You’ve learned to examine your awareness of your perception, but you are of course aware of things other than your perceptions. As well as being aware of things you perceive from the world, you’re also aware of things going on inside your head. You’re aware of your emotions, your thoughts, your evaluations of yourself. This we term “Self Consciousness”.
Much has been written on what “the self” actually is, what exactly people mean by “I” when they say “I believe in god” or “I don’t like maths” or “I can has cheezeburger?”, much of it barely coherent pseudo-philosophical rambling nonsense and most of it contradicting the rest. In the opinion of the Transcendence Institute probably Hofstadter or Dennet are about as close to an answer as anyone is, but for our purposes it really isn’t important what “The Self” is. It’s not important because you don’t need to know what “the self” is in order to become more aware of your self consciousness and the way it effects your actions. For our purposes, we’re going to use “Self Consciousness” to refer to your own brain’s monitoring systems. Circuits in the brain which are directed at the brain itself, ‘senses’ feeding back information about a brain’s state back into that brain. These systems surely exist, and whether or not they are what your local street preaching philosopher or the guru in the temple means when they say “Self”, it’s all that we mean. Just your own awareness of your mood, emotions and mental processes.
When you look out into the world and focus your attention on the shadow cast by the light falling from and sparkling off of an object you are not directly aware of each photon exciting a rod or cone at the back of your eye. You can’t even tell the absolute magnitude of the intensity of the light at any point. You barely even notice when your eyes succade from one part of that object to another. Your awareness of the image is an awareness of higher levels of abstraction than these base inputs. Not photon impacts and wavelengths but lines and shape and form.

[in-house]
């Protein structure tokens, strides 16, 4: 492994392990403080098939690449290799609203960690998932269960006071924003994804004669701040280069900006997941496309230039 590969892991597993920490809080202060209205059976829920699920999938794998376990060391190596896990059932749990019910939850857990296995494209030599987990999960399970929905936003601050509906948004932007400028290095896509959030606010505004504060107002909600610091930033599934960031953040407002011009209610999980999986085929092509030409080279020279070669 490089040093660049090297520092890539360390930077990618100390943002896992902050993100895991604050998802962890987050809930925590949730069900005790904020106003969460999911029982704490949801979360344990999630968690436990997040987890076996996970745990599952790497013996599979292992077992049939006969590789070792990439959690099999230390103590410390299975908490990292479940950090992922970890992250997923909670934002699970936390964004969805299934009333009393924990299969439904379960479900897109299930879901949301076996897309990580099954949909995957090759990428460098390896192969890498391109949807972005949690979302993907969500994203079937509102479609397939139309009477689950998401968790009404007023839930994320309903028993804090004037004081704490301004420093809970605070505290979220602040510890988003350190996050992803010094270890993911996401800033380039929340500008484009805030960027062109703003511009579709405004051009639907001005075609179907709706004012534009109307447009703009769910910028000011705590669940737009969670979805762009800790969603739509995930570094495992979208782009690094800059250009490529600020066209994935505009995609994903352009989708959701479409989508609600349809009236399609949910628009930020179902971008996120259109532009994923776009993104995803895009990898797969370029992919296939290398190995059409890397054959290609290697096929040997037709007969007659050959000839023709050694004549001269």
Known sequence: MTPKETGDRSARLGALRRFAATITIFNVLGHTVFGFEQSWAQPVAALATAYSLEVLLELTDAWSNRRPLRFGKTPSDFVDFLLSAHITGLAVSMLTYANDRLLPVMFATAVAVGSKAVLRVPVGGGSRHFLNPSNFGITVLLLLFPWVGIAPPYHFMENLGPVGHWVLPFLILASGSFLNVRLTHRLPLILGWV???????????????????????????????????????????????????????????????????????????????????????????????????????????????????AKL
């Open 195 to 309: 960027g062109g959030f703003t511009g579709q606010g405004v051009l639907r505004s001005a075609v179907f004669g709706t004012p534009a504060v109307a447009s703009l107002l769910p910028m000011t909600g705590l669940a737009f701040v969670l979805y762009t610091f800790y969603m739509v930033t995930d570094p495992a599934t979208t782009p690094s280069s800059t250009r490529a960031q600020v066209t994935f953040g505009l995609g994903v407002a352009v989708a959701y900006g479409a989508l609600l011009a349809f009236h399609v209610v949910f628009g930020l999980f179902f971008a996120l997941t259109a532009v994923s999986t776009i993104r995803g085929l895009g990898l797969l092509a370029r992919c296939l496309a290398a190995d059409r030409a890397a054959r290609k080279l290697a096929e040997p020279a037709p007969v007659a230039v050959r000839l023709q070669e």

The same is true of your internal senses, your self consciousness. You are not aware of the adrenaline molecules affecting neuron firing rates. You’re not aware of the growth of synapses or some pattern-recognition system’s current recognition strength. The information that you do get comes in the form of moods or vague gut feelings, things like weariness or nervousness or excitement or trains of thought.
And just as you have learned to focus on and pay more attention to your external perceptions by concentrating on them and practising, so the same techniques will help you to learn to listen more closely to those internal perceptions which tell you not about the greater world, but about your own state.
Try it now. Concentrate for a moment on your mood. Are you happy? Distracted? Engrossed? Bored? Drunk? Excited? Just as you’ve learned to turn down one sound to emphasise another, so turn down everything else and listen to your own internal feelings. Of course our guided meditation this month will help you do that for a few minutes.
The meditation will take you through some visualisations, and three times you will be asked to spend a minute examining your own internal state, to really pay attention to how much you do or do not feel a particular trait.
As you practise paying attention to your self consciousness more, you’ll get better at it, you’ll be less likely to hammer on a door saying “I am not fucking angry” because you’ll realise that in fact you are. You’ll be more willing to concede that you’re hurt or stressed or tense if you learn to better recognise the subtleties of those emotions.
Knowing your own mood is invaluable in daily life. It can help you to better understand your own actions, even to control them. Asking yourself “Am I just angry?” and learning to notice when you are can be enough to stop you getting into an unwise fight or argument. It can help you to both understand your behaviour and to change it if and where needed, to compensate for bias.